I’m sorry to not post more lately but I’ve just been too busy and haven’t had my heart into blogging lately.

Partially it is because way too much bad stuff is happening in the news right now and it is hard to even know where to begin in trying to find some kind of sane answers to it. Our society is in such a terrible, terrible place, but what can be said about it? I don’t even know where to begin, except to say that our nation and state is moving rapidly towards an extremely classist society where the poor are trampled by the boots of oppression, and the rich live in increasing abundance and waste.

On the local scene I am struck by the horrible timing of so many things — the Oklahoma lottery starts on Oct. 12th (I’ll give more thoughts on it on another time… but my beef with the lottery is that it makes gambling too convenient for those who have no hope.), and then on Oct. 17th BARF becomes the law of the land (Bankruptcy Abuse Reform Fiasco), coupled with the fact that gas prices are about to jump up again (prices at the pump are falling right now but that won’t last as crude prices are going up… I think gas prices will be over $3/gallon by the end of the year unfortunately), and natural gas prices are DOUBLE what they were in February 2005… all of these factors come together to create the makings of a tremendous amount of suffering this winter for those who are already down.

But what is the answer? I’m not completley giving up on politics and law as a means to achieve positive good, but I have to say that the problem with law and politics is that it insists that the poor follow the rules (even if they are getting screwed by the system), while the rich always are able to rewrite the rules to accomodate their misdeeds (the occasional prosecutions of folks like Martha Stewart are just the occasional sacrificial lambs that are used to placate the people and make them think that the rich actually are subject to the same laws that poor folks are).

That concept (that laws are used to keep poor folks compliant to the misdeeds of the rich) really became real to me last night. Over the last few days I have been involved in the great clean-up opperation (thanks to the help of a dear friend, my two rented rooms are now neat and tidy instead of the monstrous mess they were previously), and I came across my old copy of The Grapes of Wrath. As I looked through it, I came across a note from a friend who encouraged me to read chapter 19 of the book, so I followed her advise and read the chapter again.

Wow…

The chapter is pretty powerful and gives a compelling picture of what was going on at that time, by starting back to the early days of California, when white settlers took the land from the Mexicans, struggled and finally became the rich land owners of the 1930’s, and that the farms (like everywhere) became larger and larger, and the landowners increasingly became agro-businessmen (Steinback didn’t use that term, but rather called them “shopkeepers”) and the actual work of the farm was done by migrant farm workers. Then when the dustbowl hit, the dispossesed of the Southern plains started coming to California after hearing the siren calls of the handbills that promised easy work picking crops, but instead when the Okies got to California they found out that thousands upon thousands of the those **** handbills were sent out, so that way too many workers would come to California, which would create a cheap labor market that the rich landowners could easily exploit.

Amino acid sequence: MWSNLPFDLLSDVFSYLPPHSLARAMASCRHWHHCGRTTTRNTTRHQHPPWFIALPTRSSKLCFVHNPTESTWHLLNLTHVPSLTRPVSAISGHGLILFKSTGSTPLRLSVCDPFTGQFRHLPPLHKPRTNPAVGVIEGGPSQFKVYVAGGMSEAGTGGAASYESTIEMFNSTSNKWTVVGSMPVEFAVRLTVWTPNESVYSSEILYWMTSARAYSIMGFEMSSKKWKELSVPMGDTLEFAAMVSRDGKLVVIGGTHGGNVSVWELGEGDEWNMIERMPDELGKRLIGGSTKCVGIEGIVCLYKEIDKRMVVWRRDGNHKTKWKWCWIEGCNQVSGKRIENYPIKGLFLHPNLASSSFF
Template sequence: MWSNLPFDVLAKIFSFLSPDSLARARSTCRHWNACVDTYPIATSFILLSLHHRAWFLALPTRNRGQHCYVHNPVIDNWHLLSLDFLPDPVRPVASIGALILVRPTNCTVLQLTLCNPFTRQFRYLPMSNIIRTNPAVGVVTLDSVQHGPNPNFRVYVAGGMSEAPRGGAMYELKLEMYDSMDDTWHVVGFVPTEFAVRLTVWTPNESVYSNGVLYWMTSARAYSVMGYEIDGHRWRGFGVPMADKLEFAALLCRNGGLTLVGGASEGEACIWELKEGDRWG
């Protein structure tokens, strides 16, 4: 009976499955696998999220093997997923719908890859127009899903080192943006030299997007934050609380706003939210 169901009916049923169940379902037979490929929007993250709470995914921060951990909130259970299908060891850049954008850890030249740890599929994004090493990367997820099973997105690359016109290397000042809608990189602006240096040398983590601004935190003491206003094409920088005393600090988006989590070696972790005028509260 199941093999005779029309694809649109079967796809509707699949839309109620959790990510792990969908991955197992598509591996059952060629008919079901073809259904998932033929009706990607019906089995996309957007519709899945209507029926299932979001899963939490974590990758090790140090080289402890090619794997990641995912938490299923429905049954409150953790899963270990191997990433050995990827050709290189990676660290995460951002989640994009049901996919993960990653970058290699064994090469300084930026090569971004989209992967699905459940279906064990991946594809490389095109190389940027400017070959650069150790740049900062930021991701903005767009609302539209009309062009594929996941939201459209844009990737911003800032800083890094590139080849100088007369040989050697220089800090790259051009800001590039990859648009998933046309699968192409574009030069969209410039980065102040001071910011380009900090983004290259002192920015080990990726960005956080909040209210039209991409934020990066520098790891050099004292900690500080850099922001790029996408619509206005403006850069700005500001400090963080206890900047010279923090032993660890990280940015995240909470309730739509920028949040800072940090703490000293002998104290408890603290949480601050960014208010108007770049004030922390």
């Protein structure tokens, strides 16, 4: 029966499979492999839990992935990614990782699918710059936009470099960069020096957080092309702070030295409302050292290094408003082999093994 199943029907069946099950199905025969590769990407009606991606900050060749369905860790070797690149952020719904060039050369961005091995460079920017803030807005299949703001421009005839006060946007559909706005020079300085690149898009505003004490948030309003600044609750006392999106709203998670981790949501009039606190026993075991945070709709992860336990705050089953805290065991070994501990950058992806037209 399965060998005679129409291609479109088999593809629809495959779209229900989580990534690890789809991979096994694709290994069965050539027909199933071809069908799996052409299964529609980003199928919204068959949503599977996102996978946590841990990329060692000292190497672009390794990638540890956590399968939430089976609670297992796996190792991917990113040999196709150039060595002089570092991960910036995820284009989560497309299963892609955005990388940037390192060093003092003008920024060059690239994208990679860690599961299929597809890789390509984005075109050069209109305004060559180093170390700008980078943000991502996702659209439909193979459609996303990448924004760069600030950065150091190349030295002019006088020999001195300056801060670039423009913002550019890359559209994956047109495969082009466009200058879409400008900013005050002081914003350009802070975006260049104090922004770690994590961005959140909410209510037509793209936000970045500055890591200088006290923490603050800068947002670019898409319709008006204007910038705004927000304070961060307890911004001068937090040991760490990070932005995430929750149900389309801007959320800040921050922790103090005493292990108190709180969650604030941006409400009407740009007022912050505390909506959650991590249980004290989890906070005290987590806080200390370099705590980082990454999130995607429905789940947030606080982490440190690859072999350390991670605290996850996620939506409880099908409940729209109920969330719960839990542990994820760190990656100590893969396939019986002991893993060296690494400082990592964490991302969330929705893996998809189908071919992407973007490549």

However, the landowners made one mistake. They forgot how determined (and even violent) that hungry people can be (particularly when it is their children who are hungry too), and that the rich folks were being outnumbered. So, the landowners struck back. They used the law to keep the dispossed moving, moving, moving. They would burn down their Hoovervilles, and they would arrest or even kill any of the dispossesed who happened to be articulate and who could see that the poor could simply TAKE THE MEANS OF PRODUCTION from the rich, if they would all unite together.

The end of the chapter was even more telling. It told of a little baby who died in the night of a condition brought on by malnutrition. As they buried the child and prayed, Steinback said that there would be a time when they would quit praying (and the pregnant pause gave the implication that when they quit praying, they would act together).

But we know the history. They didn’t ever reach the point of taking the means of production, and the Okies have been on the run ever since. The rich since day one have kept poor folks from uniting against the rich oppressive class. The rich did this by crushing the early Socialist movement in Oklahoma (and the movement’s call for poor whites, blacks and indians to unite). The rich did this by taking the labor of the dispossed at slavery wages in California. The rich do this today in Oklahoma and lots of other places, by use of laws and policies that deprive the poor of hope and deprive the poor of the means to take care of themselves and be free.

So I guess all of that to say is that I’m not sure if the LAW is simply a tool that the rich use to keep poor folks down and to keep them spinning their wheals instead of taking direct action to better that state. Maybe it is time for the working class to seek to find autonomy and freedom by means of mutual aid and direct action.